Warren Buffett famously said, 'Volatility is far from synonymous with risk.' So it might be obvious that you need to consider debt, when you think about how risky any given stock is, because too much debt can sink a company. As with many other companies Asbury Automotive Group, Inc. (NYSE:ABG) makes use of debt. But is this debt a concern to shareholders?
Why Does Debt Bring Risk?
Debt and other liabilities become risky for a business when it cannot easily fulfill those obligations, either with free cash flow or by raising capital at an attractive price. Part and parcel of capitalism is the process of 'creative destruction' where failed businesses are mercilessly liquidated by their bankers. However, a more frequent (but still costly) occurrence is where a company must issue shares at bargain-basement prices, permanently diluting shareholders, just to shore up its balance sheet. By replacing dilution, though, debt can be an extremely good tool for businesses that need capital to invest in growth at high rates of return. The first thing to do when considering how much debt a business uses is to look at its cash and debt together.
What Is Asbury Automotive Group's Debt?
You can click the graphic below for the historical numbers, but it shows that Asbury Automotive Group had US$1.82b of debt in June 2020, down from US$1.90b, one year before. However, it does have US$613.2m in cash offsetting this, leading to net debt of about US$1.21b.
How Healthy Is Asbury Automotive Group's Balance Sheet?
According to the last reported balance sheet, Asbury Automotive Group had liabilities of US$893.2m due within 12 months, and liabilities of US$1.33b due beyond 12 months. Offsetting this, it had US$613.2m in cash and US$87.7m in receivables that were due within 12 months. So it has liabilities totalling US$1.52b more than its cash and near-term receivables, combined.
This deficit is considerable relative to its market capitalization of US$2.29b, so it does suggest shareholders should keep an eye on Asbury Automotive Group's use of debt. This suggests shareholders would be heavily diluted if the company needed to shore up its balance sheet in a hurry.
In order to size up a company's debt relative to its earnings, we calculate its net debt divided by its earnings before interest, tax, depreciation, and amortization (EBITDA) and its earnings before interest and tax (EBIT) divided by its interest expense (its interest cover). The advantage of this approach is that we take into account both the absolute quantum of debt (with net debt to EBITDA) and the actual interest expenses associated with that debt (with its interest cover ratio).
Asbury Automotive Group's debt is 3.4 times its EBITDA, and its EBIT cover its interest expense 3.8 times over. This suggests that while the debt levels are significant, we'd stop short of calling them problematic. More concerning, Asbury Automotive Group saw its EBIT drop by 3.1% in the last twelve months. If that earnings trend continues the company will face an uphill battle to pay off its debt. When analysing debt levels, the balance sheet is the obvious place to start. But it is future earnings, more than anything, that will determine Asbury Automotive Group's ability to maintain a healthy balance sheet going forward. So if you're focused on the future you can check out this free report showing analyst profit forecasts.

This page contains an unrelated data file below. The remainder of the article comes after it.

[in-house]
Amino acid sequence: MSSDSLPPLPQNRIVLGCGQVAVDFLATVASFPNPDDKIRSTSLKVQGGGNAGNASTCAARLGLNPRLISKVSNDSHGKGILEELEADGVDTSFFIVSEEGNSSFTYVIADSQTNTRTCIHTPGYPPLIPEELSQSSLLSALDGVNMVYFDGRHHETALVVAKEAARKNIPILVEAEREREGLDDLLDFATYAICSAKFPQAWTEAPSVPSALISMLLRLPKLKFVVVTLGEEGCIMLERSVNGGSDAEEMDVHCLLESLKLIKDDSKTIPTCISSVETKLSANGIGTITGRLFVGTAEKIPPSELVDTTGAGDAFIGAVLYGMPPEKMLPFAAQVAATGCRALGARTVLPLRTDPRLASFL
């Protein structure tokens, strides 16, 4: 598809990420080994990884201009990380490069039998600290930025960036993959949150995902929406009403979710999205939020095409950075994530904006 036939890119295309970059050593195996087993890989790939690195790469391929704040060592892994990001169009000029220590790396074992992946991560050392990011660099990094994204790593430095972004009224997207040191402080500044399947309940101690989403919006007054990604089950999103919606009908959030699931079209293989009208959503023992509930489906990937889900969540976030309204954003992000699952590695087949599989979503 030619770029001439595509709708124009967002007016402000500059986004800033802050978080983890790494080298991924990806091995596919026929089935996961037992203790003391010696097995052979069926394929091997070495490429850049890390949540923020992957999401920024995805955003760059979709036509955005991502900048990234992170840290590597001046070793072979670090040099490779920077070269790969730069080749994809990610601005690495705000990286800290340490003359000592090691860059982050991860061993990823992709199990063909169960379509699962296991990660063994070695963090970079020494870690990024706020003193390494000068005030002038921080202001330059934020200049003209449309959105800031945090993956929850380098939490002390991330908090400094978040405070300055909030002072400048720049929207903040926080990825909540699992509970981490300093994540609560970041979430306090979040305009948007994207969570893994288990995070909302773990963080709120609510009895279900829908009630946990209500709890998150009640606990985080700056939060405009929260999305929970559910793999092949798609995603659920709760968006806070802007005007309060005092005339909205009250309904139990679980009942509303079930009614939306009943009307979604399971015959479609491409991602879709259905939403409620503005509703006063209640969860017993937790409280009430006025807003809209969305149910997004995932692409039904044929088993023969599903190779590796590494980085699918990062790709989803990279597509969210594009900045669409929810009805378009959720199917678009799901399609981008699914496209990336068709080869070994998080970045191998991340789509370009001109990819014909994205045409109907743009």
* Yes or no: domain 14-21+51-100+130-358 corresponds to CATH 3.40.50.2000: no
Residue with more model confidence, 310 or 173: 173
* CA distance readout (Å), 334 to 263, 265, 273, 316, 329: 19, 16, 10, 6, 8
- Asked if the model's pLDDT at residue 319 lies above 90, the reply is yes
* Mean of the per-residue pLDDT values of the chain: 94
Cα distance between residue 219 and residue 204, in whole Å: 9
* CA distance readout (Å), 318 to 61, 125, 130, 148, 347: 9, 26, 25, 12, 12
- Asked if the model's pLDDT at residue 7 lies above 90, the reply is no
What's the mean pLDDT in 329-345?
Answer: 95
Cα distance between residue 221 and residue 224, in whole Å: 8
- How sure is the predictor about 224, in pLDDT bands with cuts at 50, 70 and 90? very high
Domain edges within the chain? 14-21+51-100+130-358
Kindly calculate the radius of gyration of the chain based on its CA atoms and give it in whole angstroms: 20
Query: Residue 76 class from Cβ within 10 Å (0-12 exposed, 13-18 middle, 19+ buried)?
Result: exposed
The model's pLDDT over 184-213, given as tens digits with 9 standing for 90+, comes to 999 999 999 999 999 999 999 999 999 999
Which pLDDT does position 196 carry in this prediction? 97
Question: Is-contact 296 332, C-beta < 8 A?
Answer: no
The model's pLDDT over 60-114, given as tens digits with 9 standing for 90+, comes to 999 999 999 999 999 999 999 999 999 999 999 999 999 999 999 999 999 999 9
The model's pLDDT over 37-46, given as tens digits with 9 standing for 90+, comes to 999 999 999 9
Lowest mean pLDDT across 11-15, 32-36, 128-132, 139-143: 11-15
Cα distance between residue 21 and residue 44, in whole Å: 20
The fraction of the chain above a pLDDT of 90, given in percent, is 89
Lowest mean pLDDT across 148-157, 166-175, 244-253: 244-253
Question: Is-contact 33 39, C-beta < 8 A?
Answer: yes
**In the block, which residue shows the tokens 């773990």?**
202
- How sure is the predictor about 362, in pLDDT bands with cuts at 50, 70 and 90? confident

Finally, a business needs free cash flow to pay off debt; accounting profits just don't cut it. So it's worth checking how much of that EBIT is backed by free cash flow. During the last three years, Asbury Automotive Group generated free cash flow amounting to a very robust 96% of its EBIT, more than we'd expect. That positions it well to pay down debt if desirable to do so.
Neither Asbury Automotive Group's ability handle its debt, based on its EBITDA, nor its interest cover gave us confidence in its ability to take on more debt. But its conversion of EBIT to free cash flow tells a very different story, and suggests some resilience. Looking at all the angles mentioned above, it does seem to us that Asbury Automotive Group is a somewhat risky investment as a result of its debt. That's not necessarily a bad thing, since leverage can boost returns on equity, but it is something to be aware of. The balance sheet is clearly the area to focus on when you are analysing debt. But ultimately, every company can contain risks that exist outside of the balance sheet. For instance, we've identified 2 warning signs for Asbury Automotive Group that you should be aware of.
If, after all that, you're more interested in a fast growing company with a rock-solid balance sheet, then check out our list of net cash growth stocks without delay.
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This article by Simply Wall St is general in nature. It does not constitute a recommendation to buy or sell any stock, and does not take account of your objectives, or your financial situation. We aim to bring you long-term focused analysis driven by fundamental data. Note that our analysis may not factor in the latest price-sensitive company announcements or qualitative material. Simply Wall St has no position in any stocks mentioned.
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